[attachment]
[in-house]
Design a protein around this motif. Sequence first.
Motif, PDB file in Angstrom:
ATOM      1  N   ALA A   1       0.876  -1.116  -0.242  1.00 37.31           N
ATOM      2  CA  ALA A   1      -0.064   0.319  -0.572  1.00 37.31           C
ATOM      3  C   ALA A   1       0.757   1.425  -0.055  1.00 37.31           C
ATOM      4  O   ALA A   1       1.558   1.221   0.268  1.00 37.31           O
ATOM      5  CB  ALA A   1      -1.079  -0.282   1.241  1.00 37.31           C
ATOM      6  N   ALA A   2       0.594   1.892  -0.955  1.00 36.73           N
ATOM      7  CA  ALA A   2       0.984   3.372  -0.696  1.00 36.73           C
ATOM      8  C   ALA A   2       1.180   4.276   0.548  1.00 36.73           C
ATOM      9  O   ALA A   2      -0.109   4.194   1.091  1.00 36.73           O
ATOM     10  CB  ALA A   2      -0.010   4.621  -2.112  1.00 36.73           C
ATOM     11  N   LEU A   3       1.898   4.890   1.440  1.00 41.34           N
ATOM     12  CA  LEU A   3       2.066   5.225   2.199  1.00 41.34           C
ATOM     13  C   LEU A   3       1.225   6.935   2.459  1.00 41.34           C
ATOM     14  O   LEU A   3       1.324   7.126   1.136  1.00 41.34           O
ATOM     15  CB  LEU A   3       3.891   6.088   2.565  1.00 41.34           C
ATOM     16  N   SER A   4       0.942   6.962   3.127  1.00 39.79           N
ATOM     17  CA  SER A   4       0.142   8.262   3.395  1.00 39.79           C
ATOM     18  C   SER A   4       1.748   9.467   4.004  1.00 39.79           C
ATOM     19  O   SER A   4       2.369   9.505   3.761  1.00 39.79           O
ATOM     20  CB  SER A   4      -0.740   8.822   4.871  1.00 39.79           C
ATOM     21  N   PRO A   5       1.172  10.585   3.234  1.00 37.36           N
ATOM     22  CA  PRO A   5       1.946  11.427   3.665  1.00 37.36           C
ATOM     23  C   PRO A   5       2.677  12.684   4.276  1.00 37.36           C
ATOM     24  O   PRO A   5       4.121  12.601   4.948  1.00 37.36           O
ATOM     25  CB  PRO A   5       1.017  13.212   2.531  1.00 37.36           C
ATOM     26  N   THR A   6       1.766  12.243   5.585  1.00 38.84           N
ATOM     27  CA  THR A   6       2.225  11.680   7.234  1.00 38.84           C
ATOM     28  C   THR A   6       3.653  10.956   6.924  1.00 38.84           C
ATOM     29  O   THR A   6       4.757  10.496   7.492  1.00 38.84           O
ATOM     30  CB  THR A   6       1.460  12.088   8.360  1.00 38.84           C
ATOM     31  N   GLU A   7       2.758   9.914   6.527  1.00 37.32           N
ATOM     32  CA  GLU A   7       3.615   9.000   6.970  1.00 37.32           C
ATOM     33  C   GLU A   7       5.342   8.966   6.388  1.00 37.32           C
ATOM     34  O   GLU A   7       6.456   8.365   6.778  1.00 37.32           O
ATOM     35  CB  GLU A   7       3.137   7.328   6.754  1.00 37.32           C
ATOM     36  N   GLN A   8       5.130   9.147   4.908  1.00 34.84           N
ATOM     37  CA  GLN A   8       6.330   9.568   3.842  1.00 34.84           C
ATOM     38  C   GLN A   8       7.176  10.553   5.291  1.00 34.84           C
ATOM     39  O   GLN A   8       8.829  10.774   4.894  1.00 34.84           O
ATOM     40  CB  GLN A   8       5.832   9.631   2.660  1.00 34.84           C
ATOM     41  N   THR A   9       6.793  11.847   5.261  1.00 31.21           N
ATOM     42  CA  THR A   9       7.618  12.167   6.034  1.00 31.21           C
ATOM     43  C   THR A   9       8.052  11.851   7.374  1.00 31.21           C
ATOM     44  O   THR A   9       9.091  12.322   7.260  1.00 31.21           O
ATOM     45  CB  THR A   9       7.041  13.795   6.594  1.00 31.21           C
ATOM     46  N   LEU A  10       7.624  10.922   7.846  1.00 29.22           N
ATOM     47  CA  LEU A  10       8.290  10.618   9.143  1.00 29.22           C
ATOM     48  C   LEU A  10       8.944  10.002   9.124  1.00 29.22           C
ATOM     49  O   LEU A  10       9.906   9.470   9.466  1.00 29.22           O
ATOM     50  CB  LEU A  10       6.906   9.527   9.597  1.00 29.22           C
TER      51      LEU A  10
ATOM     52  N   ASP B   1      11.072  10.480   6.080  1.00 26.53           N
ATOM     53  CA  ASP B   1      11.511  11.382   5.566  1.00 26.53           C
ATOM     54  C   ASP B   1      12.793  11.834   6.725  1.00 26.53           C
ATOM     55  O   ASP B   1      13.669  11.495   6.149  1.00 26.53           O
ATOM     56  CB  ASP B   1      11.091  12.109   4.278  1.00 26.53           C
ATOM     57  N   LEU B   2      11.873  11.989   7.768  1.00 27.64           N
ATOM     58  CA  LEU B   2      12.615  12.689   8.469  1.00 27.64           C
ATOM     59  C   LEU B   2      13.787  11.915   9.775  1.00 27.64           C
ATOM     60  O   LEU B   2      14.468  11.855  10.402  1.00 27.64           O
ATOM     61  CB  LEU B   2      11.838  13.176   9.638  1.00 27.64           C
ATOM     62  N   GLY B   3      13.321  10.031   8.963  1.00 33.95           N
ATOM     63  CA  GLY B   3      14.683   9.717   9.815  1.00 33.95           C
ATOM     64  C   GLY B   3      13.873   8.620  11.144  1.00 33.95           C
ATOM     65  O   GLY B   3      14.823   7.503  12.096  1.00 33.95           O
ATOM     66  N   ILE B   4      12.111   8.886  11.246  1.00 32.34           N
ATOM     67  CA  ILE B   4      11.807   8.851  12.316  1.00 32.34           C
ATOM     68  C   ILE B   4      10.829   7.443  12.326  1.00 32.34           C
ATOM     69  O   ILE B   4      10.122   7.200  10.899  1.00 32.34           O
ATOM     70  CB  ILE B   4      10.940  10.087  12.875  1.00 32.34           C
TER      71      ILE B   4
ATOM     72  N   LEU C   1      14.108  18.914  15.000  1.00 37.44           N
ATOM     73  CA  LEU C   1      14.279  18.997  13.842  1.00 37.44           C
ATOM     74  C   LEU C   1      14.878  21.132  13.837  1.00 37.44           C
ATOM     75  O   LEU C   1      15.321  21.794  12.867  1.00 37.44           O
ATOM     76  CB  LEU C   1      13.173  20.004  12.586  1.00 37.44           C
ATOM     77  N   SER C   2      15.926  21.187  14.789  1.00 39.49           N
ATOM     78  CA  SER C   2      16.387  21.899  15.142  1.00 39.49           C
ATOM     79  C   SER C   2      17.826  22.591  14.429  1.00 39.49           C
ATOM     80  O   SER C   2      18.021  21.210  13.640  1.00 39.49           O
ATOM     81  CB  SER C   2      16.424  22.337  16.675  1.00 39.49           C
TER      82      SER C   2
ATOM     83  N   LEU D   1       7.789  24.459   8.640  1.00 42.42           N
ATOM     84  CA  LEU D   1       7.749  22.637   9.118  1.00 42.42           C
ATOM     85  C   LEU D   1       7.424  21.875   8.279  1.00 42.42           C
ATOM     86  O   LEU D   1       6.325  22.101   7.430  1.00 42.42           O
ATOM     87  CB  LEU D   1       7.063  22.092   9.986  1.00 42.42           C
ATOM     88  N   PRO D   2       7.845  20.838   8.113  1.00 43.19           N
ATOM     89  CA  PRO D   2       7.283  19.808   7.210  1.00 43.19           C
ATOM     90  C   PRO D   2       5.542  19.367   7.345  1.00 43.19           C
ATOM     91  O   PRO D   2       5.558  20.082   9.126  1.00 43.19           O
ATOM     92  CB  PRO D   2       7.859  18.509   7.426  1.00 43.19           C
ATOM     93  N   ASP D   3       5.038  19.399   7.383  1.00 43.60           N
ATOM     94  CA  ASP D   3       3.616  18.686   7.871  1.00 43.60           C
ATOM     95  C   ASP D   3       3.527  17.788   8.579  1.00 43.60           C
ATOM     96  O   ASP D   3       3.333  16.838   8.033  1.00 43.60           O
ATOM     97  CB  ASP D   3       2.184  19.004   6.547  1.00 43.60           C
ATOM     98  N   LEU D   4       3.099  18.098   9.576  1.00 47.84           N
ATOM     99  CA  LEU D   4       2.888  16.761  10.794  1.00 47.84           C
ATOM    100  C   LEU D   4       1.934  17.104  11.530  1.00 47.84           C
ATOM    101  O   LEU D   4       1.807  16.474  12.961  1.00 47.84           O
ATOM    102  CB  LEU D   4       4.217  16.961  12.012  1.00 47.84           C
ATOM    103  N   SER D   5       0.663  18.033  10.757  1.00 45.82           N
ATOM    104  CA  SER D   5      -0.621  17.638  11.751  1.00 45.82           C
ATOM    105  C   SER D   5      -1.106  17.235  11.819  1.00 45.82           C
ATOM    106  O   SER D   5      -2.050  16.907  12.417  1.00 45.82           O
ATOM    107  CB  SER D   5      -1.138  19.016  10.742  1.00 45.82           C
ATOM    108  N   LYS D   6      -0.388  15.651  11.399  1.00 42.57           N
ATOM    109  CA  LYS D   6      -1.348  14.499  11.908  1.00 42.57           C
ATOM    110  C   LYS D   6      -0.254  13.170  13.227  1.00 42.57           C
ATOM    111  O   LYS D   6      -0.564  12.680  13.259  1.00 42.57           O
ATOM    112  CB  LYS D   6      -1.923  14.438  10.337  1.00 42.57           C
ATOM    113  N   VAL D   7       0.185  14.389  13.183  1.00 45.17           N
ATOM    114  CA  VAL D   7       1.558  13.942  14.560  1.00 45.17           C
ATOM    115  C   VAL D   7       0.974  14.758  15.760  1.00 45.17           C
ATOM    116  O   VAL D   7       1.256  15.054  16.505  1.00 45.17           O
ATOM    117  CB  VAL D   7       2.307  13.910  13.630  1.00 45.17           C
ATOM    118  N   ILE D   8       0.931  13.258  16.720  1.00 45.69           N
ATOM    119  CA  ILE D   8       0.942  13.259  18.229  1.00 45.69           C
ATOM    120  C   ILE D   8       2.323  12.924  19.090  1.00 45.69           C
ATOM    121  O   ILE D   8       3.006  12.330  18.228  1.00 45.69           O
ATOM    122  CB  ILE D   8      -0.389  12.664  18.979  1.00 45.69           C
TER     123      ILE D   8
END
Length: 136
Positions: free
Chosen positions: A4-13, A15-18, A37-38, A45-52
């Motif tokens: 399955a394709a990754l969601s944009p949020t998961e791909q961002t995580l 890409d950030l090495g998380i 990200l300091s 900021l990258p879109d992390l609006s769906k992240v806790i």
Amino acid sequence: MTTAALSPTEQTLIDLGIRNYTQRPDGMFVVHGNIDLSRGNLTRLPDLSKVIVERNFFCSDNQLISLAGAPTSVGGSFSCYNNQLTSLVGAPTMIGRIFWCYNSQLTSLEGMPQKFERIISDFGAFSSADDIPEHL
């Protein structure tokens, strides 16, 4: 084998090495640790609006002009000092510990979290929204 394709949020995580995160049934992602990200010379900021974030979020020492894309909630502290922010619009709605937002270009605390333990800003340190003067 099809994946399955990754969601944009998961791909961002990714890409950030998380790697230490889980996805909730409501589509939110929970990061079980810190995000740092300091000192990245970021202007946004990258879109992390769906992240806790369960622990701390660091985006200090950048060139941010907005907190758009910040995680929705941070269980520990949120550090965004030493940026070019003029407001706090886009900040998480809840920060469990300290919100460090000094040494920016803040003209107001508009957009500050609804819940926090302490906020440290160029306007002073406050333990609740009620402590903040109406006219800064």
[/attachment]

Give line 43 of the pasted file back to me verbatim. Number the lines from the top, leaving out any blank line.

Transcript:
ATOM     40  CB  GLN A   8       5.832   9.631   2.660  1.00 34.84           C